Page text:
The Talosians had abandoned their effort to capture and breed Humans as servants when Captain Pike and the others threatened to destroy themselves using a forced chamber explosion with Number One's laser pistol, a decision the atrophied Talosians had claimed condemned them to eventual death. Vina had declined rescue by the Enterprise , for a reason made evident at the end of the Talosians' presentation: the Talosians show Vina to be horribly disfigured, though their mastery of projecting illusions lets her live a normal life.
Spock's purpose in bringing Pike back to Talos IV was to enable Pike to live out the rest of his days in the same fashion; the Talosians are willing to "free" him from his wheelchair. The basis of General Order 7 , the capital crime forbidding contact with Talos IV, is also evident now: to keep Humans from learning the Talosians' power of illusion which would lead to their own destruction. Kirk then addresses Mendez, but Mendez suddenly disappears. The Talosian Keeper explains that Mendez's presence on board the Enterprise and on the Starbase 11 shuttlecraft with Kirk was merely an illusion.
Spock and the Talosians orchestrated events to keep the crew from regaining control of the ship too quickly. Kirk challenges Spock, saying that despite the harsh regulations, Spock could have come to him for help; alluding to Kirk's willingness to help his friend, no matter what.
Spock admits the reason he did not simply reveal his plan to Kirk was that he did not want to run the risk of subjecting anyone else but himself to the death penalty. The real Commodore Mendez, still at Starbase 11, sends a message that he too has received the Talosians' presentation. Uhura reports to Kirk that he has suspended General Order 7 for this occasion and directs Kirk to proceed as he thinks best.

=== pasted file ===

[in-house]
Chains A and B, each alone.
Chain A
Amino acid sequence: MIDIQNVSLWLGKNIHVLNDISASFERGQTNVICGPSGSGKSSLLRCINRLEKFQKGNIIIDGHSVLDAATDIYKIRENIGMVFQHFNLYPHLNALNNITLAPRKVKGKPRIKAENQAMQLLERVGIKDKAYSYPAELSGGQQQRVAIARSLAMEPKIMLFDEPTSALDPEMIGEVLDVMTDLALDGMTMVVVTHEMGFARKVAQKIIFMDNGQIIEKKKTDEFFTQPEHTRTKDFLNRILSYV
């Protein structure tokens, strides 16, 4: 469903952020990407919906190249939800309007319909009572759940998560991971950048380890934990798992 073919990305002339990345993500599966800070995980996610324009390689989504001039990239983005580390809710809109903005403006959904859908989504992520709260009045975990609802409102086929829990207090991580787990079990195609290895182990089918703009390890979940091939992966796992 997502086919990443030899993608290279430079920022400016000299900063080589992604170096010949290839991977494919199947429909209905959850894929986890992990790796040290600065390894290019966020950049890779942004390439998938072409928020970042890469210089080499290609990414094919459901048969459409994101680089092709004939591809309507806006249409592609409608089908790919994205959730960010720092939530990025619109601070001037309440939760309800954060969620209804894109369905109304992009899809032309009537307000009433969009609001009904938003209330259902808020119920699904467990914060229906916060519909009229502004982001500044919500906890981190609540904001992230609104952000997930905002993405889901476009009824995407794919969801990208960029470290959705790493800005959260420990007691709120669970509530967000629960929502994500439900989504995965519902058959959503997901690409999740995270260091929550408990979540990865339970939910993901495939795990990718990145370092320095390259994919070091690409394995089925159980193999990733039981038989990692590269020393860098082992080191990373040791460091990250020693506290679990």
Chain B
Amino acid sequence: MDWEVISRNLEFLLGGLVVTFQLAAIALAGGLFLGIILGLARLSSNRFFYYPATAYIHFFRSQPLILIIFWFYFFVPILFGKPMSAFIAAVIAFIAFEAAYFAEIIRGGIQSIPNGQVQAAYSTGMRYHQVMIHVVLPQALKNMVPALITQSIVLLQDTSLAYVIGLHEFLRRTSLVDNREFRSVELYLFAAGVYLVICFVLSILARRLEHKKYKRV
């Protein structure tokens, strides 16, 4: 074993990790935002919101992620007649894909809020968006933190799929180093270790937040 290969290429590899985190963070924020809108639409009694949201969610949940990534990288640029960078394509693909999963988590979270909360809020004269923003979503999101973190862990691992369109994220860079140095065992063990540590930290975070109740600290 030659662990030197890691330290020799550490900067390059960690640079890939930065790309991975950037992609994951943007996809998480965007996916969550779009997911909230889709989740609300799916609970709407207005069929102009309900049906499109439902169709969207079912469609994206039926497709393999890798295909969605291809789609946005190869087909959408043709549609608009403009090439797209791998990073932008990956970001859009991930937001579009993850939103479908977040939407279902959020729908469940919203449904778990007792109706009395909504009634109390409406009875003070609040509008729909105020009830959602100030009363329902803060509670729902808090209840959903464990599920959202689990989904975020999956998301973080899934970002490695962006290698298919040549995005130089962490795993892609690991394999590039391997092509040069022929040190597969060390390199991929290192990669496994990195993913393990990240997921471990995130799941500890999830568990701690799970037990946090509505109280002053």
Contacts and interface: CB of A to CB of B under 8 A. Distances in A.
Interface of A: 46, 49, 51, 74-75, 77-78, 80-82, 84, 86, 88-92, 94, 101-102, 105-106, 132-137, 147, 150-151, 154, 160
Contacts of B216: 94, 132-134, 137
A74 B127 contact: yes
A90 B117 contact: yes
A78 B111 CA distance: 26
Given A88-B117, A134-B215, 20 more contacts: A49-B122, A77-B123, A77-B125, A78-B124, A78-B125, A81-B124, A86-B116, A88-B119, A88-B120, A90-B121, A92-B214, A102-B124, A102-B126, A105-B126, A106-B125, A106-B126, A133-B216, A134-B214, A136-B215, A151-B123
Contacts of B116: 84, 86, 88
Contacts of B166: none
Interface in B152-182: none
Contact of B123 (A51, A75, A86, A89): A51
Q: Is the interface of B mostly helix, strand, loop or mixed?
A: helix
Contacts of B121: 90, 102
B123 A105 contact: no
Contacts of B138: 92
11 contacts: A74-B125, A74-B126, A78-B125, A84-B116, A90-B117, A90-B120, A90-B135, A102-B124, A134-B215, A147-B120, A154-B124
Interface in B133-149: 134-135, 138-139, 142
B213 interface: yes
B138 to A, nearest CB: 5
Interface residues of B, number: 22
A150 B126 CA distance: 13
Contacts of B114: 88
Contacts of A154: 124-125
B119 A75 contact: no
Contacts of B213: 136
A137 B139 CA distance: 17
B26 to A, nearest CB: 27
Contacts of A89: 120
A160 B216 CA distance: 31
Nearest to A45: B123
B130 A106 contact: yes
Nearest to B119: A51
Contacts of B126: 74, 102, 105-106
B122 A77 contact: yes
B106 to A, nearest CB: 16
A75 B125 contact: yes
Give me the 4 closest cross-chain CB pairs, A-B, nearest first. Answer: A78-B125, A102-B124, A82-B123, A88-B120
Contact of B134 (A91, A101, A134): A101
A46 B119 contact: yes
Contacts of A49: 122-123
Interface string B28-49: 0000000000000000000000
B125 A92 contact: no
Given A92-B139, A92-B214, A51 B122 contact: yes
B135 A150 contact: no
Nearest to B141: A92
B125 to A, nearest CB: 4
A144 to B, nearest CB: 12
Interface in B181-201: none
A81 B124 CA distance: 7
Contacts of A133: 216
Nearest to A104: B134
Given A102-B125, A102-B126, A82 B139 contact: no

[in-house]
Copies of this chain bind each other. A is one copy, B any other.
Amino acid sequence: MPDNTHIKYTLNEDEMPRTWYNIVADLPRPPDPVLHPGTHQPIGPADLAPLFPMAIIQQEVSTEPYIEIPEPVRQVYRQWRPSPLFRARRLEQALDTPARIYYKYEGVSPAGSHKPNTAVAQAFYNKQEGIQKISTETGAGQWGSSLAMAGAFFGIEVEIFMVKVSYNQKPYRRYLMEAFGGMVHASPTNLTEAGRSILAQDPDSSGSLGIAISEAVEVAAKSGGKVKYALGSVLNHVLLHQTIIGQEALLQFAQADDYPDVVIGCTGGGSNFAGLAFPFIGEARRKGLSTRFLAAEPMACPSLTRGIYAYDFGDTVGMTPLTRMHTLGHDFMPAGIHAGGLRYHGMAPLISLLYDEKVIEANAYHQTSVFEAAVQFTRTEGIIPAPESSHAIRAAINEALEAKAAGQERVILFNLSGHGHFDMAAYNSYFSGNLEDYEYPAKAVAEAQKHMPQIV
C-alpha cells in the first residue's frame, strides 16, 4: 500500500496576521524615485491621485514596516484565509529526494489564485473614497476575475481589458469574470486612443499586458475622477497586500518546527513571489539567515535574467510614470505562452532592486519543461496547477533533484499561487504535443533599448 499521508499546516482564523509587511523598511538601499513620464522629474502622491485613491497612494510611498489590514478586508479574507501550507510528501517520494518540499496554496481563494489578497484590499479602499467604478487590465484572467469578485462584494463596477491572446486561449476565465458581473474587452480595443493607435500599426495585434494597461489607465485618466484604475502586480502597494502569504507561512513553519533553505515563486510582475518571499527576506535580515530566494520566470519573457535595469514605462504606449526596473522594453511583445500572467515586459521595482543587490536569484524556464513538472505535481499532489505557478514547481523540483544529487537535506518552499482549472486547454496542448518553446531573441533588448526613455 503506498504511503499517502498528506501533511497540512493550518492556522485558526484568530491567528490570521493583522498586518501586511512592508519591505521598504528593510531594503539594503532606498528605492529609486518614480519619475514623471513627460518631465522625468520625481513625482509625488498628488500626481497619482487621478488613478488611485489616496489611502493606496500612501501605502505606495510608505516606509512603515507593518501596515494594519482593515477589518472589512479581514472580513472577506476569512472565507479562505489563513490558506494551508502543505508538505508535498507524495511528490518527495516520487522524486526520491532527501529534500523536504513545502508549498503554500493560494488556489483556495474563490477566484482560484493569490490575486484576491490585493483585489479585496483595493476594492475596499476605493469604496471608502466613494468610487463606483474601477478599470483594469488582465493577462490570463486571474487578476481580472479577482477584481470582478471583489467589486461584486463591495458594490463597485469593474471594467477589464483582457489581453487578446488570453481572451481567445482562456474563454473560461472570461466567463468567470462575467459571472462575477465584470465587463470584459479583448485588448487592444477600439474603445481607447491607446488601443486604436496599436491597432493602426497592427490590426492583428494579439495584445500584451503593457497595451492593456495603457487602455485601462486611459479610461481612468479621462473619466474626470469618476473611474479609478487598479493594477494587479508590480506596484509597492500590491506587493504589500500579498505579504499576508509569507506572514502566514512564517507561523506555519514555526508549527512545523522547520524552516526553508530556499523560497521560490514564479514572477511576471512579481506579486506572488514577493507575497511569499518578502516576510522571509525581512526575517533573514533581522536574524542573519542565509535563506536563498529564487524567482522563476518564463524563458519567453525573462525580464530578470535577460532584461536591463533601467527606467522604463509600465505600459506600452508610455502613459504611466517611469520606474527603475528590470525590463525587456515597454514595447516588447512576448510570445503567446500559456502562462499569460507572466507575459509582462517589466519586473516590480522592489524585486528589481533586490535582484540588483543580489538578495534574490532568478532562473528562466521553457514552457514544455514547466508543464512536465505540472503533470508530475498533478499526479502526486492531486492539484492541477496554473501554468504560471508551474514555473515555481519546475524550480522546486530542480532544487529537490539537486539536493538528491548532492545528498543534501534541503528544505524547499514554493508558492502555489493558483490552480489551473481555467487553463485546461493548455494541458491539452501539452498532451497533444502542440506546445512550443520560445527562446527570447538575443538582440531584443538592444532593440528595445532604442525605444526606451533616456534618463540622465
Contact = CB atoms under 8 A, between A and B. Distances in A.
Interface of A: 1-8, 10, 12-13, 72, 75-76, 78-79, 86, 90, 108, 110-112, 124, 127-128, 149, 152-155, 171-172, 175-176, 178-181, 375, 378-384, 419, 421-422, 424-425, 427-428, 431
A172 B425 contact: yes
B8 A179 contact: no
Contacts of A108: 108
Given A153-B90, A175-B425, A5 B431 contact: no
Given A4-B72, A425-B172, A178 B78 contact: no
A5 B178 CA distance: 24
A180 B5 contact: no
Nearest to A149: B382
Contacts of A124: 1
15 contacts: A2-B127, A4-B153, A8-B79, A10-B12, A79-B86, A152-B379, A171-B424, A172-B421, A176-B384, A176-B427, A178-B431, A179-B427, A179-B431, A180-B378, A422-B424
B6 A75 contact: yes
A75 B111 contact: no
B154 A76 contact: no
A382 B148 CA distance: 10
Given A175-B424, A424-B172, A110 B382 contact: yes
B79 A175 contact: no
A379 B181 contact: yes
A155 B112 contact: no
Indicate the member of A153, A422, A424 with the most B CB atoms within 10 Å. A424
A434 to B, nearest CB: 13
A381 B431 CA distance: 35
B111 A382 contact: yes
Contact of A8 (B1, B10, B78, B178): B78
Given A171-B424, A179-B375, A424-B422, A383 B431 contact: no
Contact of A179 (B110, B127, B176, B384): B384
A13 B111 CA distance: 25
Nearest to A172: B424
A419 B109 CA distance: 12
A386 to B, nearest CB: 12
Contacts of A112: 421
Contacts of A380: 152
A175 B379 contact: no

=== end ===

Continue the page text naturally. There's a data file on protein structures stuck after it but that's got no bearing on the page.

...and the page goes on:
Pike signals to Kirk that he wants to return to Talos. Kirk needles Spock for a disturbing tendency toward flagrant emotionalism. Spock regards this as an insult and insists that his actions have been completely logical. On the Enterprise briefing room viewscreen, the Talosian Magistrate shows Kirk the healthy Pike and Vina walking hand-in-hand. I must also vote guilty as charged. And you, Captain? As charged.
You asked me "why," commodore. You'll see your answer now. Spock, even if regulations are explicit, you could have come to me and explained. Mendez confirms this:. He's got you; whatever he's up to, he's planned it well. The court martial convenes, with Mendez presiding. He reminds Spock that, if the Enterprise enters the Talos star group, a further charge involving the death penalty will be held against him, a fact of which Spock confirms he is aware. Mendez asks Spock what purpose it serves to go to Talos, and with Captain Pike, given the severity of the penalty.
Spock asks if Mendez's comments are part of the record.
Mendez says they are, and Spock then says he can only explain with the use of the viewscreen in the briefing room. Mendez's query has opened the door for any evidence Spock wishes to present, which Kirk believes is what Spock had in mind. Scott activates the viewscreen. On the screen, the panel views the voyage of the Enterprise to Talos IV under the command of Pike, thirteen years prior. TOS : " The Cage ". The astonishing video record is much more detailed than were log entries in those days.